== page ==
There is a lot of buzz lately around Agile BI and Agile data warehousing. Typical questions asked include - Does it produce better results? Is it faster? How much does it cost? And of course, most importantly, is the Agile methodology a fit for Data Warehousing and Business Intelligence projects?
What is Agile?
Companies are marketing their BI and DW products as agile solutions, meaning that they are easy to work with, adaptable to business changes and quick to stand up (think BI data discovery tools and data warehouse appliances). While the topic of an enterprise agile solution is worthy of a discussion there is another type of agile. In project management circles, when the word Agile comes up in conversation, it is always in the context of the Agile software development methodology, which also happens to be the context for this article. I won't spend time discussing the Agile Manifesto or guiding principles here, instead I'll try to talk about how Agile applies to BI/DW projects. If Agile techniques are new to you there are plenty of resources available on the web to learn more, with Wikipedia being as good a starting point as any.
Why Choose Agile?
Does Agile produce better results than other methodologies when building a DW/BI application? The only real answer is that it depends. Building a BI application, a data warehouse or some other type of software is a complex process regardless of the methodology you choose. It is a commonly quoted statistic that over 50% of projects fail and some studies have even measured failure rates as high as 80%. So does using Agile increase the success percentage? The short answer is probably not.
So if it does not improve project success rates then why bother? If we are all familiar with traditional waterfall delivery methods, why not stick with what we know? There are two great answers to these question and which, in my opinion, confirm why we should all be delivering projects using Agile techniques. First , Agile delivers business value to our customers quickly, which is critical as time to market is a competitive advantage. For example, give the business access to customer data from the first source while you work on loading the second. The business can start analyzing the available data immediately and as sources are added their results become richer. Secondly, delivering functionality incrementally puts in a budgetary check and balance system. If the project is going to be a failure you have an opportunity to make an assessment after each incremental delivery. In a waterfall project there is a good chance you won't know (or won't admit) the project has failed until you are delivering it. So while the total project cost may be similar at the end, there is a huge savings if you can recognize a project failure early.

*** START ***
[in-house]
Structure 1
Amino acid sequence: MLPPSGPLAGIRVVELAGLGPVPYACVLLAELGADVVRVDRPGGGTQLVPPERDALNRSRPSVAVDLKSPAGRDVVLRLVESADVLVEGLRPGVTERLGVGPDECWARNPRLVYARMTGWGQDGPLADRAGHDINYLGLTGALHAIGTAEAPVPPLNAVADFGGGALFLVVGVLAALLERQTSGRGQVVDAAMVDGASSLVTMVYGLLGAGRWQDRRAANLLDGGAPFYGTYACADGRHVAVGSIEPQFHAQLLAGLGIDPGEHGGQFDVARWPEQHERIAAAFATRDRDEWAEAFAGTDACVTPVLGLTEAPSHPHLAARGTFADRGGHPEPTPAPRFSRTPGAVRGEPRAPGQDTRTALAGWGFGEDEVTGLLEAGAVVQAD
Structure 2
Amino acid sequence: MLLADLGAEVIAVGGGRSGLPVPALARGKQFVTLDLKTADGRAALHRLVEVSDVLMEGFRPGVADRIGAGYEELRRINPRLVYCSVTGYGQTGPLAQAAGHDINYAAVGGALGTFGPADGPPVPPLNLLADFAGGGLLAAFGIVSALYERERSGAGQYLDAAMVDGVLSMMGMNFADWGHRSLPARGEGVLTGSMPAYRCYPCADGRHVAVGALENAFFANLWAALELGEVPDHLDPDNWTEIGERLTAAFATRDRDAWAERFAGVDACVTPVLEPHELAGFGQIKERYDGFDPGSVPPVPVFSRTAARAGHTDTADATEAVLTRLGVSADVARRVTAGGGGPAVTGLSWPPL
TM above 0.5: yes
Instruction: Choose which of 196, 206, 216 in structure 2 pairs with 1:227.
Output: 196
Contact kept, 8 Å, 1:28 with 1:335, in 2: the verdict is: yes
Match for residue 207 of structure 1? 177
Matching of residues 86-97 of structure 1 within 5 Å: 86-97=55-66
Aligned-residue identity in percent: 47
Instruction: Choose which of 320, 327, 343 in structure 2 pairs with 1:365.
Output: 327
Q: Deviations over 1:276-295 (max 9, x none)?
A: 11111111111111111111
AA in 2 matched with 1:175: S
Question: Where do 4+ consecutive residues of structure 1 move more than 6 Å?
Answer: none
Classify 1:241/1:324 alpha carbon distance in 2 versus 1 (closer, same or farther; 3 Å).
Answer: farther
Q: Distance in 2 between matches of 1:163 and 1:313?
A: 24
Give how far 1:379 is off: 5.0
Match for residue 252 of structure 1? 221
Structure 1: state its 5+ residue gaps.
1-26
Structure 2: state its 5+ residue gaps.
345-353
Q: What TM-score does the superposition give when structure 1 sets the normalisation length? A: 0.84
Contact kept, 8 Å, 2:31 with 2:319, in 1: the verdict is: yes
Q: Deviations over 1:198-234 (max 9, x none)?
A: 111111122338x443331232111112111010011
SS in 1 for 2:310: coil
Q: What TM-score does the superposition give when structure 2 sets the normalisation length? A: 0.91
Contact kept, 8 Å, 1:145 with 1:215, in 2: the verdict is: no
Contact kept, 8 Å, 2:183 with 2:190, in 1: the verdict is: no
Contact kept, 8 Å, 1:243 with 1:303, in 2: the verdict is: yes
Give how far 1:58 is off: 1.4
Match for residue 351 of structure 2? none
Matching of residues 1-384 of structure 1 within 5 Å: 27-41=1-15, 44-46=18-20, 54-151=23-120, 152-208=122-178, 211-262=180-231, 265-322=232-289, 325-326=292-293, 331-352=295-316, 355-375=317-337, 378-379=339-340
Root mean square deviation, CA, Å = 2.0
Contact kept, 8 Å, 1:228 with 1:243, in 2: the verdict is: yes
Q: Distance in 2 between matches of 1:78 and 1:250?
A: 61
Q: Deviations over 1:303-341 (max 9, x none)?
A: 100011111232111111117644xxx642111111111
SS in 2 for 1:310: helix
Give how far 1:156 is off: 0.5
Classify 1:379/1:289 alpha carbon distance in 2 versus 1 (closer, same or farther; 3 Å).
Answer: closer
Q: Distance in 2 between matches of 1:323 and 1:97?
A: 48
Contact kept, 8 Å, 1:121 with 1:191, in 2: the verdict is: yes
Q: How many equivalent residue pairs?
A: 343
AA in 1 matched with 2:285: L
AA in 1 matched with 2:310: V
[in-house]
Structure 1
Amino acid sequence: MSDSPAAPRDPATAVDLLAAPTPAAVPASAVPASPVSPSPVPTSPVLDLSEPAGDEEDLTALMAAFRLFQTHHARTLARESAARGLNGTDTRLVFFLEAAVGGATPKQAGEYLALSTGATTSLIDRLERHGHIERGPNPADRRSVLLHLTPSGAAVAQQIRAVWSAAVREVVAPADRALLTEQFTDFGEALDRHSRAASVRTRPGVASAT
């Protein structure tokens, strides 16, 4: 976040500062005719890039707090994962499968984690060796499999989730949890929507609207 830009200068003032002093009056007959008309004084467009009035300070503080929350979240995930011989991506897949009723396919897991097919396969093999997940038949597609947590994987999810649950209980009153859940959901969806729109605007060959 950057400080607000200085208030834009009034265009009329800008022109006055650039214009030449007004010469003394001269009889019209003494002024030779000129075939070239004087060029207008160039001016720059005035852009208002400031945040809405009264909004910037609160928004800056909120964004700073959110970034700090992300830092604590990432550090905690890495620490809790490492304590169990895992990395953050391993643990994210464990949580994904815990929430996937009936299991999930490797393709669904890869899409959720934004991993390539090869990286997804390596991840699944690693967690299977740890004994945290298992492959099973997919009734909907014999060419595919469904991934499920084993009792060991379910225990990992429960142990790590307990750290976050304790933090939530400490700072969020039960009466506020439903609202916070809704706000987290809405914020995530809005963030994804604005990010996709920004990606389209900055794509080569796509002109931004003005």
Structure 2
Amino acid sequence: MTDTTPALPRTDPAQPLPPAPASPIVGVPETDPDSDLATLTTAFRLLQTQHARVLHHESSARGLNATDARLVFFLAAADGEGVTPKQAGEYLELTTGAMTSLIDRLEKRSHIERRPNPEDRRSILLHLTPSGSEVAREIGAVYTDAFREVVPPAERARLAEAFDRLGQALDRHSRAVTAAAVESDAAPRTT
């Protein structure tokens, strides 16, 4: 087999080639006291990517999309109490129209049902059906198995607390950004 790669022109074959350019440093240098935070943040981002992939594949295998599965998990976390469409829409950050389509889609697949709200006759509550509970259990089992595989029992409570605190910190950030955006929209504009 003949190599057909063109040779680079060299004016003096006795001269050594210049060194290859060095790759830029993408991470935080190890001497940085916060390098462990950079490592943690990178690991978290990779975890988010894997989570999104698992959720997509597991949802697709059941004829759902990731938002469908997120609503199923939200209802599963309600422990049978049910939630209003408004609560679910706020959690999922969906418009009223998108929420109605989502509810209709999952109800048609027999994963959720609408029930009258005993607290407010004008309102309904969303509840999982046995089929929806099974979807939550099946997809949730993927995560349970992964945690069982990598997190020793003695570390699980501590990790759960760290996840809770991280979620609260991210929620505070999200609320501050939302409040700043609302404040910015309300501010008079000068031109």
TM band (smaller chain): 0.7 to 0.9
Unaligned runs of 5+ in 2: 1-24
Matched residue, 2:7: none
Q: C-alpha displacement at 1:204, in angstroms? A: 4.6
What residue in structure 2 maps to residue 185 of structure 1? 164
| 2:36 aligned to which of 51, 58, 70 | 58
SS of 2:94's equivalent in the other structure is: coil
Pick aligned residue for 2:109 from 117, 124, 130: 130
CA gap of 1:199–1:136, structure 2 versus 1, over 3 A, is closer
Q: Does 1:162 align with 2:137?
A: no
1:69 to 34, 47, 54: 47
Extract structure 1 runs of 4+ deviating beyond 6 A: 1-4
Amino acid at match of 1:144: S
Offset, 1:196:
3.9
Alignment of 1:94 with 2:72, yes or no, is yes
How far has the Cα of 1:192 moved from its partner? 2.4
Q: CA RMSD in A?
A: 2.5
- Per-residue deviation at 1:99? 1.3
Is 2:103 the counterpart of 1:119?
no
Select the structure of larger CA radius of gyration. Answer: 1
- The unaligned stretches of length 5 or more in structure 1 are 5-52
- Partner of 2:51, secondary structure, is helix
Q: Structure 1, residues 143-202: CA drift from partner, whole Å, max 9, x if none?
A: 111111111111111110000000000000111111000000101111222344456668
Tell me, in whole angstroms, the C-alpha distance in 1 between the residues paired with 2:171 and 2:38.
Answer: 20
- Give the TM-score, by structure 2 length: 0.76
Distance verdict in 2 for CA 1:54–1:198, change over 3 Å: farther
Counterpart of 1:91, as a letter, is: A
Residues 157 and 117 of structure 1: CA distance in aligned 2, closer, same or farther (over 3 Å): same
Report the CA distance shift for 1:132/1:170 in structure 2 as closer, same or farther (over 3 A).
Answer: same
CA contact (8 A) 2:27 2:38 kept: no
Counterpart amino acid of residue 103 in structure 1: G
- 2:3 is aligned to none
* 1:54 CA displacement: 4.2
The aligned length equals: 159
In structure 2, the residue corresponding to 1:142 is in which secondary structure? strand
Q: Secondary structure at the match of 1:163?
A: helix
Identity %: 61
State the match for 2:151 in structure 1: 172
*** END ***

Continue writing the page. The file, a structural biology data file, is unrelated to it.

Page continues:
Will it Work for Warehousing?
Agile may deliver value to customers faster, and may be more cost effective, but can it work for Business Intelligence and Data Warehouse projects? Absolutely! It is interesting that given the benefits it has not yet gained mainstream acceptance in the warehousing and reporting project space. Agile has been slow to catch on because project teams are resistant to change, as more projects are successfully delivered I believe we will see Agile become the delivery methodology of choice. Let's start with why it makes sense in data warehousing. A warehouse project plan can have iterations built in fairly easily if framed correctly. Splitting delivery by subject areas and/or sources of data is a natural way to segment the schedule and provides an easy way to deliver value early and often. The quicker we can get data loaded and into production, the faster data consumers can use data for decision making. One potential downside to a subject area or source base approach is trying to implement without strong architectural and modeling guidelines in place. Knowing how keys will be structured, how data quality issues will be handled and what the overall warehouse roadmap looks like is critical to an Agile delivery of a warehouse solution. Upfront planning around modeling and architecture will smoothen subject or source based iterations. As with all projects, communication is critical, and with an Agile delivery it is important to communicate the inevitability of rework as the warehouse evolves. Setting these expectations ahead of time will pay dividends when the first major change is required. Even with potential rework, the benefits gained by putting data in the hands of the business earlier more than pays for cost of future rework.
Will it Work for Business Intelligence?
Once a subject area or source data load is ready, the next step is to provide data to consumers using a Business Intelligence tool. Once again, the Agile techniques are ideal for building and deploying a business intelligence application. Building the semantic layer can be done in a similar fashion to developing the warehouse itself. As long as a clear architecture roadmap has been set, the semantic layer can be a fast follower to the subject area or source file ETL load, perhaps even rolling out with the subject area itself. Individual reports, dashboards and cubes can be managed and prioritized via a backlog and delivered as quickly as they are finished, adding incremental value on a regular basis.
Delivering a warehouse project using Agile will feel uncomfortable at first. It probably won't work perfectly and you may have to adapt the processes to work with your organizational polices and procedures. Stick with it, listen to your team and don't be afraid to make adjustments as you go (it is agile after all). If you go in with an open mind and a clear roadmap Agile will deliver business value faster than you ever imagined possible.